.- Father Benedict Groeschel and the Franciscan Friars of the Renewal have apologized for his comments that appeared to blame sex abuse victims for their abuse while excusing their abusers, with his religious order calling the remarks “completely out of character.”
“I did not intend to blame the victim,” Fr. Groeschel said in an apology posted on the National Catholic Register website. “A priest (or anyone else) who abuses a minor is always wrong and is always responsible.”
“My mind and my way of expressing myself are not as clear as they used to be. I have spent my life trying to help others the best that I could. I deeply regret any harm I have caused to anyone.”
Fr. Groeschel, who has hosted television shows on EWTN and has authored numerous books, discussed sexual abuse in part of a National Catholic Register interview published Aug. 27. He said that when people think of sexual abusers they have a picture in their minds of “a psychopath.”
“But that's not the case,” he said. “Suppose you have a man having a nervous breakdown, and a youngster comes after him. A lot of the cases, the youngster -- 14, 16, 18 -- is the seducer.”
“It's not so hard to see — a kid looking for a father and didn't have his own — and they won't be planning to get into heavy-duty sex, but almost romantic, embracing, kissing, perhaps sleeping, but not having intercourse or anything like that,” he said.
Fr. Groeschel said he was inclined to think that abusers on their first offense should not go to jail “because their intention was not committing a crime.”
The Westchester, New York-based Catholic priest has a doctorate in psychology from Columbia University and has taught seminars at the Institute for Psychological Sciences, a Virginia-based Catholic graduate school. He is the founder of the 25-year-old religious order the Franciscan Friars of the Renewal.
The Archdiocese of New York on Aug. 30 said it “completely disassociates itself” from Fr. Groeschel’s comments, calling them “simply wrong.”
“Although he is not a priest of the Archdiocese of New York, what Father Groeschel said cannot be allowed to stand unchallenged. The sexual abuse of a minor is a crime, and whoever commits that crime deserves to be prosecuted to the fullest extent of the law.”
The archdiocese said it is “terribly wrong” and “extremely painful” to victims to assert that an abuse victim is responsible for the harm they received.
“To all those who are hurting because of sexual abuse or because of these comments, please know that you have our profound sympathy and our prayers,” the archdiocese said.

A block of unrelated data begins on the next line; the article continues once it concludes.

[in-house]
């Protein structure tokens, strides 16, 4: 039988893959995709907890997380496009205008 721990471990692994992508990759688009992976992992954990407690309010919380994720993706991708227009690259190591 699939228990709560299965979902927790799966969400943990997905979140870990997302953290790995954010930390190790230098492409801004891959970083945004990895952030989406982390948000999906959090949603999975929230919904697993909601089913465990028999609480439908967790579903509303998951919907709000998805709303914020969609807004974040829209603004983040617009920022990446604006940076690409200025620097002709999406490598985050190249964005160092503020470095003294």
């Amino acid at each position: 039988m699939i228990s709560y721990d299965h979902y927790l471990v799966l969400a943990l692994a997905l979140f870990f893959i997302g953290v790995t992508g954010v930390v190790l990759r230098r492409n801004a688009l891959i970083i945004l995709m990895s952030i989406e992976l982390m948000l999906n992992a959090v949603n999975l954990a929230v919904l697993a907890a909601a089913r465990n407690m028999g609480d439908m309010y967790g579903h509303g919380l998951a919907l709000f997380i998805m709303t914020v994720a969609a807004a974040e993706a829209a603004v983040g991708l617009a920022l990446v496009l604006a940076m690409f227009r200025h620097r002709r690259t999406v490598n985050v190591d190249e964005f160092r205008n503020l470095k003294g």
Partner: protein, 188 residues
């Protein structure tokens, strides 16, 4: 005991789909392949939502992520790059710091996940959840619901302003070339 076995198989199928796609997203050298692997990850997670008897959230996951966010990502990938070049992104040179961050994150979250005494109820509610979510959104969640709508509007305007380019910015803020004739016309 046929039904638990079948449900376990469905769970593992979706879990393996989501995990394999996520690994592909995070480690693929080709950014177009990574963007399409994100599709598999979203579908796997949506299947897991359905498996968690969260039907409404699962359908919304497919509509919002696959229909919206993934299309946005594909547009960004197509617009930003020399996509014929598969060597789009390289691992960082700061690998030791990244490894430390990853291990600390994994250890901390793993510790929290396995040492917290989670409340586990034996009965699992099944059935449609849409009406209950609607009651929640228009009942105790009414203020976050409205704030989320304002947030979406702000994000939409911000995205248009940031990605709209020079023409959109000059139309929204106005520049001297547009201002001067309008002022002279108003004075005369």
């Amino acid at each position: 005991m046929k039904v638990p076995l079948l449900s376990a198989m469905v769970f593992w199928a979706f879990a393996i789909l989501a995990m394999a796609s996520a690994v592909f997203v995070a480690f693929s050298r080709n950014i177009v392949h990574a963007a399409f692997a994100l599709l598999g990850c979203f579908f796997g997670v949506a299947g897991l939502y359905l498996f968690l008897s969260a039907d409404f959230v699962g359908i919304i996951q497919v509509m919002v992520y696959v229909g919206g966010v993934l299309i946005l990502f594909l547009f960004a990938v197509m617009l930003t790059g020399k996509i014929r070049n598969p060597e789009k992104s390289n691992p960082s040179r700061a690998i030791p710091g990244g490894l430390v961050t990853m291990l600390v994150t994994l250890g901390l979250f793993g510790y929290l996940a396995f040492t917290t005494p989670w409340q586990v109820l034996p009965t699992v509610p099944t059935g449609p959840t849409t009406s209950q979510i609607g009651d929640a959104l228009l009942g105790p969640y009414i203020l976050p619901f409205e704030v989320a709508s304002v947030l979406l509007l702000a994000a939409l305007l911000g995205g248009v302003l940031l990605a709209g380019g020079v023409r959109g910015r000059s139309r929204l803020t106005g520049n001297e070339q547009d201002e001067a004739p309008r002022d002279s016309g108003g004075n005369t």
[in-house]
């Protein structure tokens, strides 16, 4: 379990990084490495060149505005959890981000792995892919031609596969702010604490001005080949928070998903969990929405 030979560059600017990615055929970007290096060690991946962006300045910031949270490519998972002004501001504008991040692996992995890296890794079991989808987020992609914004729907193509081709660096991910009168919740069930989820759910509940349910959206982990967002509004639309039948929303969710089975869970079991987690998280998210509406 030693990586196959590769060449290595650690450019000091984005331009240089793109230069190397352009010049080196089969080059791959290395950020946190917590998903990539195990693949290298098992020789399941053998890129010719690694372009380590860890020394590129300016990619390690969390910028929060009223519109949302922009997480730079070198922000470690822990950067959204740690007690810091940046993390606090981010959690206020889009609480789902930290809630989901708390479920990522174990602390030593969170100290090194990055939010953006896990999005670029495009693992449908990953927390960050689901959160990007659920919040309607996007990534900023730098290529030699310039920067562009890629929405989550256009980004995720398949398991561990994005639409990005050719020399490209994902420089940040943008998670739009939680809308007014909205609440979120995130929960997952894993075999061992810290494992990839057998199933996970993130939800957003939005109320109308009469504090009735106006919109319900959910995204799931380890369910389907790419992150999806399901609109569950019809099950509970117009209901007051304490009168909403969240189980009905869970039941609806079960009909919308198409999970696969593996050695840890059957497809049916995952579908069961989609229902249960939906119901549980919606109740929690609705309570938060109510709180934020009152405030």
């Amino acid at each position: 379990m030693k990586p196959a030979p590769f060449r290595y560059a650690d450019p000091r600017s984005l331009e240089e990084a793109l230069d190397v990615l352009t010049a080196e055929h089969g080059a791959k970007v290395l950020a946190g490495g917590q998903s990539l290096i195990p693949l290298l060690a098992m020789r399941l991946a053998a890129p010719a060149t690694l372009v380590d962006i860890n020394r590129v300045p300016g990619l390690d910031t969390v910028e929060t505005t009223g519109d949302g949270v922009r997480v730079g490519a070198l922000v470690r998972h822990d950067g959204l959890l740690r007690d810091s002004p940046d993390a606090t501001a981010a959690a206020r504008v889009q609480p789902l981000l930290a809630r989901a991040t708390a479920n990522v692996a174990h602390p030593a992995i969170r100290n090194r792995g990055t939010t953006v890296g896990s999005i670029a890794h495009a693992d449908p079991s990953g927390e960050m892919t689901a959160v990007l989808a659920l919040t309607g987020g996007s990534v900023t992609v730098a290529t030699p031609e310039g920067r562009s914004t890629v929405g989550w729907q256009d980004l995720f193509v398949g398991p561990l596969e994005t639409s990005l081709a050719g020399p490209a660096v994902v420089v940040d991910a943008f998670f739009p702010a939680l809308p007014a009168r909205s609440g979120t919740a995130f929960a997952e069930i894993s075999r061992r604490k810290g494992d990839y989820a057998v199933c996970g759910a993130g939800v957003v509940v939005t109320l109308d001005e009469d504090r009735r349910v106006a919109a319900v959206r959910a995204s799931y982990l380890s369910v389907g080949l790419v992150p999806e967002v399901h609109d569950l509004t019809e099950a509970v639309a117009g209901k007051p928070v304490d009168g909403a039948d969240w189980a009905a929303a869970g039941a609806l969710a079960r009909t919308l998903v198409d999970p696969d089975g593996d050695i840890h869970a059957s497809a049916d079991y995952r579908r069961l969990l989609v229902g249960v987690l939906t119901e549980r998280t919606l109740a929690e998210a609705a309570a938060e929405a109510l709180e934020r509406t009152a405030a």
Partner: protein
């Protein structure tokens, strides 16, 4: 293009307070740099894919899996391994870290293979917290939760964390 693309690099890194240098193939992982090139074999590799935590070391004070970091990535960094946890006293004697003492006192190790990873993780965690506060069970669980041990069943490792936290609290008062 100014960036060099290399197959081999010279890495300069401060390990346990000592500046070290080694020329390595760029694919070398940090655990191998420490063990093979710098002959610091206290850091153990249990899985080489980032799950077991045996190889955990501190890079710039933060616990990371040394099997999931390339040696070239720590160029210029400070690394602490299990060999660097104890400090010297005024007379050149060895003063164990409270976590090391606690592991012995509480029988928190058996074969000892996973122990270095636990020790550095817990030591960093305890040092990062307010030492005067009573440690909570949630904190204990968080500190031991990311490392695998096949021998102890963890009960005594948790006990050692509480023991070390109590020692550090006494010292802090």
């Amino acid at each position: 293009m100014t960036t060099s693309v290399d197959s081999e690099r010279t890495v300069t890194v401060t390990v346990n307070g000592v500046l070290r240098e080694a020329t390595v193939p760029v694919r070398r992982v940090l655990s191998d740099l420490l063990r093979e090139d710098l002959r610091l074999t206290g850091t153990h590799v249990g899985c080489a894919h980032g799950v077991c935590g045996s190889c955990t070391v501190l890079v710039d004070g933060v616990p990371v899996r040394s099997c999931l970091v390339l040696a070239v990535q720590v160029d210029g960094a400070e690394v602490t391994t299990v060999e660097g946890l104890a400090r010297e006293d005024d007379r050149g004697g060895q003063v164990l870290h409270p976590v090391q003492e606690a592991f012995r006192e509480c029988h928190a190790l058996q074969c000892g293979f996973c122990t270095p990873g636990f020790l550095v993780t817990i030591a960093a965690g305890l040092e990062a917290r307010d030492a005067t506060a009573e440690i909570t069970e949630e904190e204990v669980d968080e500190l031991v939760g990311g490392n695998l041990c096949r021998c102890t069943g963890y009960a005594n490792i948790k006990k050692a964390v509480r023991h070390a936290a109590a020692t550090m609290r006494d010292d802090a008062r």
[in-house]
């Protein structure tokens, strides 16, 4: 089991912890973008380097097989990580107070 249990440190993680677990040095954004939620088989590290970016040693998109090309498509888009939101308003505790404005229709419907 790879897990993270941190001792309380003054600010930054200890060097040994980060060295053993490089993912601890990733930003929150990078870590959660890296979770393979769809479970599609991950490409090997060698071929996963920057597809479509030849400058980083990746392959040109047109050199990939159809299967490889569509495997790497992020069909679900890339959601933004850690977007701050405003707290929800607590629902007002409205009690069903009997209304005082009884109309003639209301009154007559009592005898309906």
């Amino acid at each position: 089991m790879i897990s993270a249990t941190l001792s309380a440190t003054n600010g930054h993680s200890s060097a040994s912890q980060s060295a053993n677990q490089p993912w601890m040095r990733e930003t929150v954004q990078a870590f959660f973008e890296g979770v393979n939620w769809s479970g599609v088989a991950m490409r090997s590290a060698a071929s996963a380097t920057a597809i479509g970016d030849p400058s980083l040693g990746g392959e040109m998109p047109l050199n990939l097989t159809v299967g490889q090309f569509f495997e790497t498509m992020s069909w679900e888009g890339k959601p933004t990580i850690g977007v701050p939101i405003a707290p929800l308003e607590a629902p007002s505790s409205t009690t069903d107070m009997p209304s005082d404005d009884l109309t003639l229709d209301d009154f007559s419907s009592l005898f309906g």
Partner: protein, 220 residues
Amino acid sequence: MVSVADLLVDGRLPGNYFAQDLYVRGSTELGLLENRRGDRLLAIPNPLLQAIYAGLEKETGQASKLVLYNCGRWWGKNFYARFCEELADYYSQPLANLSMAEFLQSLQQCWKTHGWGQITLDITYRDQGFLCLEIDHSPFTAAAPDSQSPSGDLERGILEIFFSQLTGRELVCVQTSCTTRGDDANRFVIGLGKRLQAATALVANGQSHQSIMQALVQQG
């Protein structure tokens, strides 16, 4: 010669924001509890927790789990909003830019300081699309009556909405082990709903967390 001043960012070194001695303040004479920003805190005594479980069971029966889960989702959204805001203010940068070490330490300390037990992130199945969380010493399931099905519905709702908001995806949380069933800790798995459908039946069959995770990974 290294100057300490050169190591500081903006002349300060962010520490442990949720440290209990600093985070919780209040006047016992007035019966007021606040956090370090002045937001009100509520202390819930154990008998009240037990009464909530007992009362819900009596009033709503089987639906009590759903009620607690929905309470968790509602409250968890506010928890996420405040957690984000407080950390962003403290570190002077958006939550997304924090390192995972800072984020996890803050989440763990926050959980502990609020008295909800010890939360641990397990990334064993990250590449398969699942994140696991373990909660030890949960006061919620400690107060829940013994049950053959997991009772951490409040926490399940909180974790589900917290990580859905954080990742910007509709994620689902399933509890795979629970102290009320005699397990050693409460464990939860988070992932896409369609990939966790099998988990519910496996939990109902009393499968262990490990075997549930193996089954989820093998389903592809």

The Franciscan Friars of the Renewal apologized for Fr. Groeschel’s “inappropriate and untrue” comments.
“A child is never responsible for abuse. Any abuser of a child is always responsible, especially a priest. Sexual abuse of a minor is a terrible crime and should always be treated as such.”
The Friars said the priest “never intended to excuse abuse or implicate the victims.” The order noted that Fr. Groeschel is in “declining health” and unable to care for himself, citing the 2004 accident in which a car struck him and left him comatose for a month.
“Although these factors do not excuse his comments, they help us understand how such a compassionate man could have said something so wrong, so insensitive, and so out of character.”
The friars promised prayers for those hurt by Fr. Groeschel’s comments, especially sexual abuse victims.
Bill Donohue, President of the Catholic League for Religious and Civil Rights, said it is “scurrilous” to label Fr. Groeschel a defender of sexual abuse. He pointed to other comments in the interview where the priest said that sexually abusive priests “have to leave.”
The Catholic League head noted the priest’s “impressive record” in counseling “some of the most mentally and socially challenged people in our society” and in screening men for the priesthood.
However, Donohue said Fr. Groeschel’s car accident has “definitely taken a toll on him.”
“I’ve read his books, listened to his tapes—on sexual abuse—and have come to know a great priest,” Donohue said Aug. 30. “To condemn him for one part of one interview is wholly unjust.”
The National Catholic Register pulled the interview from its website. Editor-in-Chief Jeanette De Melo apologized for publishing his comments “without clarification or challenge.”
“Given Father Benedict's stellar history over many years, we released his interview without our usual screening and oversight,” she said.
“Child sexual abuse is never excusable.”
Tags: Sexual Abuse